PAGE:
Included genes for the interferon score: IFI27, IFITM3, IFI44, ISG15, IFI44L, LY6E, IFIT1, MT2A, IFIT2, MX1, IFIT3, RSAD2, IFITM1, and SIGLEC1.
For the large ISG set score, we included MX1, IFITM3P2, ISG20L2, MX2, IFITM3P9, ISG20, MT2A, IFI27L2, XAF1, RSAD2, IFIT5, LY6E, SIGLEC1, IFITM1, IFITM2, IFIT1, IFIH1, IFITM3P6, IFI44, IFI16, IFITM3P3, IFI27, IFI35, IFIT6P, IFITM10, IFI27L1, IRF2BP1, IFIT3, IRF6, IRF5P1, IFI6, IRF7, IRF2, IFIT1P1, IRF9, IRF1, IFIT2, IRF5, IRF8, IFITM9P, IRF4, IFITM3P7, IFI30, IRF2BP2, IFITM4P, IFITM3, IRF2BPL, IFITM3P1, IFI44L, IRF3, IFITM3P8, IFIT1B, IRF1-AS1, IFITM5, and ISG15.
Detectable IFN I genes for the IFN I score for nasal swabs included IFNA6, IFNA10, IFNA13, IFNA14, IFNA21, IFNK, and IFNA6.
Nasal swab ISG score derived from Giovannini-Chami et al. included CXCL10, IFIT1, RSAD2, MX2, IFI44L, IFIT2, HERC5, OASL, CXCL11, IFIT3, IFI44, EPSTI1, DDX58, GBP4, MX1, SAMD9L, OAS2, IFI6, ISG15, USP18, and XAF1.
Peripheral blood mononuclear cell processing for subset RNA-seq
PBMCs were thawed at 37 °C for 5 min, added to 5 ml PBS with 1% BSA, centrifuged at 350×g for 10 min at 4 °C. The supernatant was removed and resuspended in 150 μl PBS with 0.5% BSA. 50 μl was added to 50 μl of panel 1 and panel 2 respectively and incubated on ice for 15 min. Probes were filtered through a 50-μm mesh and 0.1 μl of Sytox Red (Cat No. 1936399, Invitrogen) was added to the probe prior to Sort. CD4+, CD8+ T cells, NK cells and monocytes were sorted. 500–1000 cells were sorted into 100 μl Buffer RLT Plus (+1% Mercapto-Ethanol). To sort NK cells and monocytes, we used PE CD3 and CD20 (BioLegend #300308, #302306), FITC CD14 (BD Biosciences #557153), PE-Cy7 CD16 (BD Biosciences #557744), and APC-Cy7 CD56 (BioLegend #362512). To sort T cells, we used PE CD3 (BioLegend #300308), PE-Cy7 CD4 (BioLegend #357410), AF488 CD8a (BioLegend #301024), and APC-Cy7 CD19 (BioLegend #363010).
Nasal swab preparation
For nasal swabs, upon arrival in the laboratory, a part of each nasal swab sample was aliquoted and stored at –80 °C in temperature-controlled biobank freezers until further analysis. RNA isolation from nasal swab samples was performed with the automatic extraction system TANBead® Nucleic Acid Extraction Kit OptiPure Viral Bulk Plate (W665A10, TanBead) in a Maelstrom Extractor robot (TanBead) following the manufacturer’s recommendations. Real Time RT-PCR was performed using Allplex™ SARS-CoV-2/FluA/FluB/RSV Assay (RV10259X, Seegene) in a STARlet IVD Workstation (Seegene), which allows the simultaneous detection of SARS-CoV-2 (N gene), SARS-CoV-2 (RdRP gene) and SARS-CoV-2 (S gene) together with an endogenous and exogenous control, providing further controls including human cell content of the swab.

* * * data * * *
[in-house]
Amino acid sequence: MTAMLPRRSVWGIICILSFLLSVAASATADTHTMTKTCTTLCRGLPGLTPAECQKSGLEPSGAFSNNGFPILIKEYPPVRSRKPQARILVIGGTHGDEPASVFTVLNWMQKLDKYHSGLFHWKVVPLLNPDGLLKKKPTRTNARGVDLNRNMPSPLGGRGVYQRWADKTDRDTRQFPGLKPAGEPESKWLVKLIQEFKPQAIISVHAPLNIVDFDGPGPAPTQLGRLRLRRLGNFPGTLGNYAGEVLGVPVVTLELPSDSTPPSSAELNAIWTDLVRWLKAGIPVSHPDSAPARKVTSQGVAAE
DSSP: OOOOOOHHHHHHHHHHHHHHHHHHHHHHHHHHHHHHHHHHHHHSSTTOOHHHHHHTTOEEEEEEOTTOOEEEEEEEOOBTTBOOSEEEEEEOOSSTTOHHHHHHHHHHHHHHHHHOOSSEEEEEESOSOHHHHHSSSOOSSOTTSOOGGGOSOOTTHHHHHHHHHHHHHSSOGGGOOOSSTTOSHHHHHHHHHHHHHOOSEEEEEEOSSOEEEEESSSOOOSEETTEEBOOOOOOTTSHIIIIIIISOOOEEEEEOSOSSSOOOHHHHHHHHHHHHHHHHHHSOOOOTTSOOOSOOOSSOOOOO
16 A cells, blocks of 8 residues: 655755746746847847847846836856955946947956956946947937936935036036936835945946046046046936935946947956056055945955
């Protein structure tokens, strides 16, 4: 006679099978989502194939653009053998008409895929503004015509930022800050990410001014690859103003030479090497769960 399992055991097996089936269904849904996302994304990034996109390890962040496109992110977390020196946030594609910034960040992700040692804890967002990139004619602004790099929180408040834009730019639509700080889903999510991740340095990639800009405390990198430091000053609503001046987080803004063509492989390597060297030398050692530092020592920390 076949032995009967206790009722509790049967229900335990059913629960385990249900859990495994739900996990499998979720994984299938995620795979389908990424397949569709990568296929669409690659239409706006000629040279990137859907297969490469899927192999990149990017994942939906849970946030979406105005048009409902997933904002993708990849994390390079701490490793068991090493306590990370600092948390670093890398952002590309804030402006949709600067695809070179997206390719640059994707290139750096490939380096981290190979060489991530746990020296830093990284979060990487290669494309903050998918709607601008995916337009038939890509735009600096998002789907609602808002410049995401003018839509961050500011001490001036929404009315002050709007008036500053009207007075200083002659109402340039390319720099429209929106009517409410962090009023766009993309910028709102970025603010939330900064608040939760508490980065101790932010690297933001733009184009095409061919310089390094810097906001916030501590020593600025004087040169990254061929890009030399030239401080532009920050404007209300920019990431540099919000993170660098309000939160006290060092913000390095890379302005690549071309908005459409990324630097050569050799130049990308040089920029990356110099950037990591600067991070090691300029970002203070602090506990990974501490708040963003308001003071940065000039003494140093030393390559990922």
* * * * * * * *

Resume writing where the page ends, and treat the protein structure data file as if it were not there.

Library preparation and subset RNA-seq
RNA-sequencing was performed using prime-seq. A step-by step protocol can be found on protocols.io (https://doi.org/10.17504/protocols.io.s9veh66).
Briefly, of the 1000 cells that were sorted in the lysis buffer, 50 µL (500 cells) were used to prepare RNA-seq libraries. The lysate was treated with Proteinase K (AM2548, Life Technologies), isolated with cleanup beads (GE65152105050250, Sigma-Aldrich) (2:1 beads/sample ratio), and then DNase I (EN0521, Thermo Fisher) digested. The RNA was then reverse transcribed with 30 units of Maxima H- enzyme (EP0753, Thermo Fisher), 1x Maxima H- Buffer (EP0753, Thermo Fisher), 1 mM each dNTPs (R0186, Thermo Fisher), 1 µM template-switching oligo (IDT), 1 µM barcoded oligo-dT primers (IDT) in a 10 µL reaction volume at 42 °C for 90 min. The samples belonging to the same tissue were then pooled and cleaned using cleanup beads (1:1 beads/sample ratio), resulting in 4 pools, one for monocytes, NK cells, CD4 T cells, and CD8 T cells. Following cleanup, remaining primers were digested with Exonuclease I (M0293L, NEB) at 37 °C for 20 min followed by 80 °C for 10 min. The Exonuclease I digested samples were then again cleaned using cleanup beads (1:1 beads/sample ratio).
Second strand synthesis and pre-amplification was performed using 1X KAPA HS Ready Mix (07958935001, Roche) and 0.6 µM SINGV6 primer (IDT) in a 50 µL reaction. The PCR was cycled as follows: 98 °C for 3 min; 12 cycles of 98 °C for 15 s, 65 °C for 30 s, 72 °C for 4 min; and 72 °C for 10 min. The samples were then cleaned using cleanup beads (0.8:1 beads/sample ratio) and then eluted in 10 µL of DNase/RNase-Free Distilled Water (10977-049, ThermoFisher). The Quant-iT PicoGreen dsDNA Assay Kit (P7581, Thermo Fisher) was used to quantify the amount of cDNA present, and the High-Sensitivity DNA Kit (5067-4627, Agilent) was used to qualify the size distribution.